Protests in Mumbai about the release of the film of The Da Vinci Code - Hindustan Times via Getty
Protests in Mumbai about the release of the film of The Da Vinci Code - Hindustan Times via Getty

“It’s intimidating taking on something that’s so popular and something that has been so attacked,” she says. They’re striving to serve the storyline and its suppositions with as much sensitivity as possible. “We’re not shying away from the controversy. Some people will be outraged. But we don’t want to make anyone think what they believe in isn’t valid. What’s interesting is seeing whether any faith stands up when you start questioning the facts.”

Abel admits that both he and Wagstaff became more “intrigued” by the Mary Magdalene thesis the more they read. “But we’re not coming down on either side,” he says. “We leave it for the audience to decide. Brown brilliantly explores a hypothesis. Some might dismiss the idea that Jesus had a bloodline as poppycock, just as others would dismiss the notion that he was the son of God. It’s an open discussion.”

Aside from the tricky process of condensing the material, bringing the book to the stage has enabled striking points of departure from the original. “We decided against prioritising physical character descriptions,” Abel says. That means the murderous monk Silas is no longer specified as an albino. “And where some [secondary] characters in the novel are male, we’ve taken another route.”

The most dramatic difference is the absence of Brown’s narratorial voice. This removes the most derided element of his blockbuster. His prose was described by one linguist as “almost ingeniously bad”.

Author of The Da Vinci Code, Dan Brown - Getty
Author of The Da Vinci Code, Dan Brown - Getty

Passionate about, and protective of, the book, Wagstaff maintains that she never winced at the writing and detects snobbery and envy in the many swipes at it. “I was doing a masters in literature and drama when it came out. I’m not an idiot, and I loved it. Millions of other people have too.” She and Abel have transferred some of the information and exposition with which the pages teem into the characters’ mouths to make the dialogue as intellectually animated as possible.

The upshot may be that those who hated the work’s style could be tempted to join the fans out of curiosity to see its substance realised under the spotlight. Is it conceivable that the play might prove better than the original?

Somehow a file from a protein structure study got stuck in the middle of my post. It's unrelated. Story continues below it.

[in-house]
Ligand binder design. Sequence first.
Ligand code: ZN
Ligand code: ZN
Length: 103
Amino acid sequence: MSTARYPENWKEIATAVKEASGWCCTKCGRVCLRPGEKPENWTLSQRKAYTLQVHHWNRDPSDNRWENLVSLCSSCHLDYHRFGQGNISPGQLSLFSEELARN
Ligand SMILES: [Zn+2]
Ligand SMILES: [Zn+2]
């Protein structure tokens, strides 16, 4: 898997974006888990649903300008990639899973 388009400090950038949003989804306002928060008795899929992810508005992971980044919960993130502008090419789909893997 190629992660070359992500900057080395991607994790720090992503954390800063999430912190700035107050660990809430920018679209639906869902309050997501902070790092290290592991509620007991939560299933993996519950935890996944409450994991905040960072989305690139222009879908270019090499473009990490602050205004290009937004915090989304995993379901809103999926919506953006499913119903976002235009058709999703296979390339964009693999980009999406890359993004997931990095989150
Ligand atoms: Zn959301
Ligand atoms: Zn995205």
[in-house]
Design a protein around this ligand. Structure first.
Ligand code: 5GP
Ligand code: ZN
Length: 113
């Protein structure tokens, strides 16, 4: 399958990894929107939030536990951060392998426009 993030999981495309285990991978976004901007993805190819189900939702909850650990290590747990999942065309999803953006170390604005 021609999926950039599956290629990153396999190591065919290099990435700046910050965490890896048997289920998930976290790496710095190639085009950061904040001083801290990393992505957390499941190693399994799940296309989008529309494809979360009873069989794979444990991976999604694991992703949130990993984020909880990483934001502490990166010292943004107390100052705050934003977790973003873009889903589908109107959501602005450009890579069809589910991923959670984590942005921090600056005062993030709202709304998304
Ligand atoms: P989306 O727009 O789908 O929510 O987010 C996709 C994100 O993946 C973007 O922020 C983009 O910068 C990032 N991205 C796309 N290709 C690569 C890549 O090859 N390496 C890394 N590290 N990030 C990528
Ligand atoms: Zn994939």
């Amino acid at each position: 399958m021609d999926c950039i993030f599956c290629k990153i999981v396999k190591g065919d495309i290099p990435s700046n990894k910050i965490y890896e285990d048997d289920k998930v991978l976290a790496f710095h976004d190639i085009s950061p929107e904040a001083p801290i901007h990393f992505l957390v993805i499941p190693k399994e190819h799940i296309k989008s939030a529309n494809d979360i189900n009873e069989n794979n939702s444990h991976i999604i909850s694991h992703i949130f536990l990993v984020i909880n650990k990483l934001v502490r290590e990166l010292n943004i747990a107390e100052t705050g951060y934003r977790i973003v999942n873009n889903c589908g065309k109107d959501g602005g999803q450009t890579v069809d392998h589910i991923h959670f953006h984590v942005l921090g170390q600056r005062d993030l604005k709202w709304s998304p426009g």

“I hope they’re commensurable,” Wagstaff replies. The holy grail (no pun intended) with stage adaptations is something that stands on its own merits. The creative team express particular admiration for the National’s award-winning version of The Curious Incident of the Dog in the Night-Time. Far from being a dutiful page-to-stage affair, video artistry and highly physical ensemble storytelling will feature here too, with the “codes” the protagonists are trying to crack, and various artwork, projected on to gauze to make it seem like they are hanging in the air, and actors creating a mood of religious ritual using chanting and music.

It’s certainly true that, in the wake of the pandemic, British theatres desperately need accessible, mainstream shows if they want to woo back audiences. Po-faced lectures about social justice simply won’t cut it. Furthermore, while new plays seem increasingly hamstrung by the censorious culture on social media, The Da Vinci Code may prove that intelligent, daring adaptations are a godsend right now, in terms of enabling provocative material to reach the stage.

Wagstaff agrees. “There’s a real nervousness in the theatre world at the moment. It’s cautious about what can and can’t be said. I think it would be tragic if it lost its ability to explore sensitive and controversial subjects. It should be a forum for all ideas.”

The Da Vinci Code tour begins at the Churchill Theatre, Bromley, on January 10 and runs until November 12. Tickets: davincicodeonstage.com

Our goal is to create a safe and engaging place for users to connect over interests and passions. In order to improve our community experience, we are temporarily suspending article commenting